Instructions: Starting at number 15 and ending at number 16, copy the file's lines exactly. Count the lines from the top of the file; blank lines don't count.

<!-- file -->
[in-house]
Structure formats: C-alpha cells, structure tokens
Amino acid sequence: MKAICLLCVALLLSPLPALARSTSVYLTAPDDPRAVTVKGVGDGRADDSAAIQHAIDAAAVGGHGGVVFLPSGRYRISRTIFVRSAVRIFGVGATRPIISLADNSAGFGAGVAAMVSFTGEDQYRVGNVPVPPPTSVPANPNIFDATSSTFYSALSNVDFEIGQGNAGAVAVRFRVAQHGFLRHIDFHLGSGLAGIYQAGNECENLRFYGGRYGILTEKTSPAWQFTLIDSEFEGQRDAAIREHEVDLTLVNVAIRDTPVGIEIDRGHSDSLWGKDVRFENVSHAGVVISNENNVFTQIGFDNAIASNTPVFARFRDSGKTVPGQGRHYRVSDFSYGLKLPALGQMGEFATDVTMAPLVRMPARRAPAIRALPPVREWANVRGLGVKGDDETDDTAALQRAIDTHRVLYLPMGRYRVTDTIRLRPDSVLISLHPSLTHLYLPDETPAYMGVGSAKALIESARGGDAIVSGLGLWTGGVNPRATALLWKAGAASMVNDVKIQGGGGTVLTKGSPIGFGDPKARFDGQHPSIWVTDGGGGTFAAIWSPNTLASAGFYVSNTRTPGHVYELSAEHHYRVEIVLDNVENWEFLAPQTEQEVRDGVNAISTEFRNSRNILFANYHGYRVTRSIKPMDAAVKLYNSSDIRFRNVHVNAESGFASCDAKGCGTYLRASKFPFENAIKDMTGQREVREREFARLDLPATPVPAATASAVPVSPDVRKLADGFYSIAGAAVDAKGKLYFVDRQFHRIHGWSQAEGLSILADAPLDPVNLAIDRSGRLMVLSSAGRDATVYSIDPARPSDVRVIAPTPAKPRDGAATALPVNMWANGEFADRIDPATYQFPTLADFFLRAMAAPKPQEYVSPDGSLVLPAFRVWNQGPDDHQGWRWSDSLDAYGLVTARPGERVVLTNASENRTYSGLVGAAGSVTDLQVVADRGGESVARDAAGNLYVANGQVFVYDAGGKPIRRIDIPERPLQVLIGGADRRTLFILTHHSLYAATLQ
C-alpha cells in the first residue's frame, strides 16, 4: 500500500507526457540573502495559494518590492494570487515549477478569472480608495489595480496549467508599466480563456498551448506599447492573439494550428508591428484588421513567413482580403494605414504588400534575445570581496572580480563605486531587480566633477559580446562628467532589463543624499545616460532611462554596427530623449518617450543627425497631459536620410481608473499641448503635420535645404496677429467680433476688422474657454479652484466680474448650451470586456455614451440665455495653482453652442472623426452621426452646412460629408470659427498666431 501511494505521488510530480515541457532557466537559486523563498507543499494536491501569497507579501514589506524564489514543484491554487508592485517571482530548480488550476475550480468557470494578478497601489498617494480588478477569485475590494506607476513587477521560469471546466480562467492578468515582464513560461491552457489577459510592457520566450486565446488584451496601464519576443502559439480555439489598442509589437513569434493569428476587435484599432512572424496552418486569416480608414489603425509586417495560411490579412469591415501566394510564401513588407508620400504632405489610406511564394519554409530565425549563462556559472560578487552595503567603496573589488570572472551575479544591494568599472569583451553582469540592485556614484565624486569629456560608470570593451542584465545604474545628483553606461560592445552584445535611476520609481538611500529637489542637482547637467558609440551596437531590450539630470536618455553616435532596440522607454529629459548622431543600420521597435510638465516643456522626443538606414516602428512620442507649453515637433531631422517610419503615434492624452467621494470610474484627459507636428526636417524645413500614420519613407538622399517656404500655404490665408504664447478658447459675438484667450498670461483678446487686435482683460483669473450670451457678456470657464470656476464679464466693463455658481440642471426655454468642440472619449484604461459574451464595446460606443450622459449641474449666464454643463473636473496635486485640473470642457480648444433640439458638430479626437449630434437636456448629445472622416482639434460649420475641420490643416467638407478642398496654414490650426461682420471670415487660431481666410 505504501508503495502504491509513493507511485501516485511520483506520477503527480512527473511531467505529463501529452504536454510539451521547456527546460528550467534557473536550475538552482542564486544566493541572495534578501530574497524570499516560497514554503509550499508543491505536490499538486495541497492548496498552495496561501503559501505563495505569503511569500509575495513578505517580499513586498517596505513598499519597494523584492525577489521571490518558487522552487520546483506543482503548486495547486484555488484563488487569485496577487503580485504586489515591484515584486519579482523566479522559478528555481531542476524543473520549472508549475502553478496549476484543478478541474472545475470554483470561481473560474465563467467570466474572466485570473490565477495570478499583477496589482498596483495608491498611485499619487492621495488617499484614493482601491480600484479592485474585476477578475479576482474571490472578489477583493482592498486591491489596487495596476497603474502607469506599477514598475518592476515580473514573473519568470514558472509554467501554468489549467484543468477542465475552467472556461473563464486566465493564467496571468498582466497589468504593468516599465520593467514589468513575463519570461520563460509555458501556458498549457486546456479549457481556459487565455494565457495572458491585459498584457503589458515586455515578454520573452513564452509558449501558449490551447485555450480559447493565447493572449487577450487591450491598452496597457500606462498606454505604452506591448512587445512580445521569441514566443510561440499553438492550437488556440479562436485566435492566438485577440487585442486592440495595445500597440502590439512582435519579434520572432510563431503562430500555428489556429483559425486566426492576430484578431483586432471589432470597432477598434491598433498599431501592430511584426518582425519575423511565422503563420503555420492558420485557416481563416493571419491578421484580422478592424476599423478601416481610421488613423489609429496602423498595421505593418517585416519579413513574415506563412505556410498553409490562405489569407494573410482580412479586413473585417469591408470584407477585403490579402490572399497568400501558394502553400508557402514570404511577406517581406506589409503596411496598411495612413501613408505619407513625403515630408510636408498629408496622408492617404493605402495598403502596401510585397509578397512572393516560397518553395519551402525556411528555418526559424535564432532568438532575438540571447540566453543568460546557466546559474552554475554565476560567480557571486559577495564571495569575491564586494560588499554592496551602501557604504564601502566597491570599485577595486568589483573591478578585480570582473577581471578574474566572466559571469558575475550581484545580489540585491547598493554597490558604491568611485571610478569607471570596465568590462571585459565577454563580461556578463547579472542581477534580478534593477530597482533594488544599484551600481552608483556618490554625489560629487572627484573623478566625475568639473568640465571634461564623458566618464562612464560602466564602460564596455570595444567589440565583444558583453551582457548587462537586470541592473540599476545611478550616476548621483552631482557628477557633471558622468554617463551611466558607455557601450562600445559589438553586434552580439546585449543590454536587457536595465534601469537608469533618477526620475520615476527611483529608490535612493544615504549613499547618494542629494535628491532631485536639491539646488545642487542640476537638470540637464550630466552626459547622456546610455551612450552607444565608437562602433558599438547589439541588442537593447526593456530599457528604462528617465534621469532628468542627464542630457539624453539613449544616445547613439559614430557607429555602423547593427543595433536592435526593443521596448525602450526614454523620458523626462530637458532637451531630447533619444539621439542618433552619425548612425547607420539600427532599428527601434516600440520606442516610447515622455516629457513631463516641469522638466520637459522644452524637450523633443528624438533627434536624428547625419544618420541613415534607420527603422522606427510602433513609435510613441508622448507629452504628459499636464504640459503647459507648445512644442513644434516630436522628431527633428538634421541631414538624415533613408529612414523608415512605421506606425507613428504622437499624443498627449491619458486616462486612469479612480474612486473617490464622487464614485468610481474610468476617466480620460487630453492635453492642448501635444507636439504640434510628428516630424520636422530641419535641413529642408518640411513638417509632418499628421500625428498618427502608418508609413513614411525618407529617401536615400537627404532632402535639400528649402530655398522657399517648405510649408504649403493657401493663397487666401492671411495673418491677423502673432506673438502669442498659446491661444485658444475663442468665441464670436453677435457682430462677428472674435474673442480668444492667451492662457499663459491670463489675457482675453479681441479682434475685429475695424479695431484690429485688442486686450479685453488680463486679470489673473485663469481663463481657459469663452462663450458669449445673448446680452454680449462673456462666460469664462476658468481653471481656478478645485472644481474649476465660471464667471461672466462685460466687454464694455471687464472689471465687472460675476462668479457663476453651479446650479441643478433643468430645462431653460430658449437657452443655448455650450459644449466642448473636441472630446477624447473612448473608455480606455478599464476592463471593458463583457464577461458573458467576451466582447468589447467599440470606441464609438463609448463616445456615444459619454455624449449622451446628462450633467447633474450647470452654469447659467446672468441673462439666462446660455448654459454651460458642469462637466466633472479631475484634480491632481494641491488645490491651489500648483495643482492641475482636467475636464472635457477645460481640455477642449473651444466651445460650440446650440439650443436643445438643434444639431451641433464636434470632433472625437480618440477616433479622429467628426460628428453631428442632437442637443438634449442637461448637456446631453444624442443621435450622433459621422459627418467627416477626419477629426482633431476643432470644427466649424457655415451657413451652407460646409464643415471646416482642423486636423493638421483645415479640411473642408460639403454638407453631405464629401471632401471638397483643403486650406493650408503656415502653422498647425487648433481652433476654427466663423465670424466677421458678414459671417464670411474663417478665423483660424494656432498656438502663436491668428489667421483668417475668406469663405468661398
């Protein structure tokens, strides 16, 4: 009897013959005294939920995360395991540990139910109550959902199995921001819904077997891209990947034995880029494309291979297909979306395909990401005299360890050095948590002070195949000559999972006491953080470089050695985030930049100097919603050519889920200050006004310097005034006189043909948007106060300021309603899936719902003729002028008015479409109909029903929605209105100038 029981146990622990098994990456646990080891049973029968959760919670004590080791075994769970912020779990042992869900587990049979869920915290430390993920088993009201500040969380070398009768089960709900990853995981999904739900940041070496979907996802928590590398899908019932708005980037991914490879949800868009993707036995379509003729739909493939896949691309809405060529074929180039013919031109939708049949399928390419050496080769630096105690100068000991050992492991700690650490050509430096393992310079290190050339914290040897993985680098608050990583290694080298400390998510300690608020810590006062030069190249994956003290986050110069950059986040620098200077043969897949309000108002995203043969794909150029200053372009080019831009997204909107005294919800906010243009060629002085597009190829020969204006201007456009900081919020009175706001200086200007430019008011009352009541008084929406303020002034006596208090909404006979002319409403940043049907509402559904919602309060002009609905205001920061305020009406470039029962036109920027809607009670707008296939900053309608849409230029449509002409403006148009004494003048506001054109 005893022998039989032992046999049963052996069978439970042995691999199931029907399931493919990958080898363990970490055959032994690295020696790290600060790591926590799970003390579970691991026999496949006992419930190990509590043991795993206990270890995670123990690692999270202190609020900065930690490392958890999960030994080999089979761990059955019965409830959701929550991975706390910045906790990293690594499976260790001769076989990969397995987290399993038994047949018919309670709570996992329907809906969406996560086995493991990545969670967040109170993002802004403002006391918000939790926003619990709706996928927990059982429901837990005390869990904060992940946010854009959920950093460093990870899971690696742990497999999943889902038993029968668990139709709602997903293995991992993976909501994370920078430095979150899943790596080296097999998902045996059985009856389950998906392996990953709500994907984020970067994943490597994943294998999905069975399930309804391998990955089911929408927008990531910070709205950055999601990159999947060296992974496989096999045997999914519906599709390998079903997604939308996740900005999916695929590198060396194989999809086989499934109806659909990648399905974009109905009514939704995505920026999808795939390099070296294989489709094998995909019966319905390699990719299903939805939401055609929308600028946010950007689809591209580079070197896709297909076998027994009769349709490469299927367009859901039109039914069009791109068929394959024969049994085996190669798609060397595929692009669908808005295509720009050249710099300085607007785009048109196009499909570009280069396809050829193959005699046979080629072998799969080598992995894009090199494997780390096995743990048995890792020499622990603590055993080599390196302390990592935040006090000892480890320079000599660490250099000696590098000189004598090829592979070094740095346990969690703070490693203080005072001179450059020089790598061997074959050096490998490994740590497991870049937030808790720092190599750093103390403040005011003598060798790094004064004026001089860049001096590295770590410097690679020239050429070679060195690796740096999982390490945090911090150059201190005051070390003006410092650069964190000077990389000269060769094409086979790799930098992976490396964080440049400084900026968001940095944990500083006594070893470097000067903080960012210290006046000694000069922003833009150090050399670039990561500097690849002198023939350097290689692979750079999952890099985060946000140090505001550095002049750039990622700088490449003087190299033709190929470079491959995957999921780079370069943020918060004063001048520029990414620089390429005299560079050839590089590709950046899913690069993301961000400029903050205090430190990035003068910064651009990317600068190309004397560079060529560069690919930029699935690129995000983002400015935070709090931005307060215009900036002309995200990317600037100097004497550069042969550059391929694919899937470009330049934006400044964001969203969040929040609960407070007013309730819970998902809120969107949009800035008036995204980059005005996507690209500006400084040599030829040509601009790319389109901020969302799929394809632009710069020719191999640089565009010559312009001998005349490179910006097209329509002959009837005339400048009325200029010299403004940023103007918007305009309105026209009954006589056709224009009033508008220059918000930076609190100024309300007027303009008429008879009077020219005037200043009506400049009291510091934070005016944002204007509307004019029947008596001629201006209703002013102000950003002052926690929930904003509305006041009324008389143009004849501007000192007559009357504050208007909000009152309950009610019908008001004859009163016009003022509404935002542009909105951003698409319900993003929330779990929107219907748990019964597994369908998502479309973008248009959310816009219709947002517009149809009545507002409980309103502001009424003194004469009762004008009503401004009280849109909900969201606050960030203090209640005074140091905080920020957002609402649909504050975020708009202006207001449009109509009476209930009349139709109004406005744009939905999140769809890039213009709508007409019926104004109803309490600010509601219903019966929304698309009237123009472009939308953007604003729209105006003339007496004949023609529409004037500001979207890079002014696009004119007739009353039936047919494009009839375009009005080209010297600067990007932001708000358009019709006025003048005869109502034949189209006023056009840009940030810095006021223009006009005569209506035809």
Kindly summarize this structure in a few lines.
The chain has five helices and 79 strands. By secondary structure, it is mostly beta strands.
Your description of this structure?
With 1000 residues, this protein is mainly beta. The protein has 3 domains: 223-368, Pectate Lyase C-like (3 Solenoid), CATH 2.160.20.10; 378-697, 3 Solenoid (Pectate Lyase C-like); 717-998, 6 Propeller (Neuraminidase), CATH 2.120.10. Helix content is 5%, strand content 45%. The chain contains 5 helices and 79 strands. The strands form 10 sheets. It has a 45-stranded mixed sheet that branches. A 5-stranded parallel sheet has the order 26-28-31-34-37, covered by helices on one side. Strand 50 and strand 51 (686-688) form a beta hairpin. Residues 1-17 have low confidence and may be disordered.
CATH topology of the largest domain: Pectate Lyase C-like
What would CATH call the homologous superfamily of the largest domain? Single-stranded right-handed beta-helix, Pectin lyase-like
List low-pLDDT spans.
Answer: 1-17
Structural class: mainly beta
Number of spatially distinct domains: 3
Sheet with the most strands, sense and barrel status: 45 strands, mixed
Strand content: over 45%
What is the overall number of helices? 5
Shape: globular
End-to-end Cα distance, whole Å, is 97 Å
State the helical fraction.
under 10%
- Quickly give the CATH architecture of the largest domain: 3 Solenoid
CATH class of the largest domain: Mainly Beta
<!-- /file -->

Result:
Number of spatially distinct domains: 3
Sheet with the most strands, sense and barrel status: 45 strands, mixed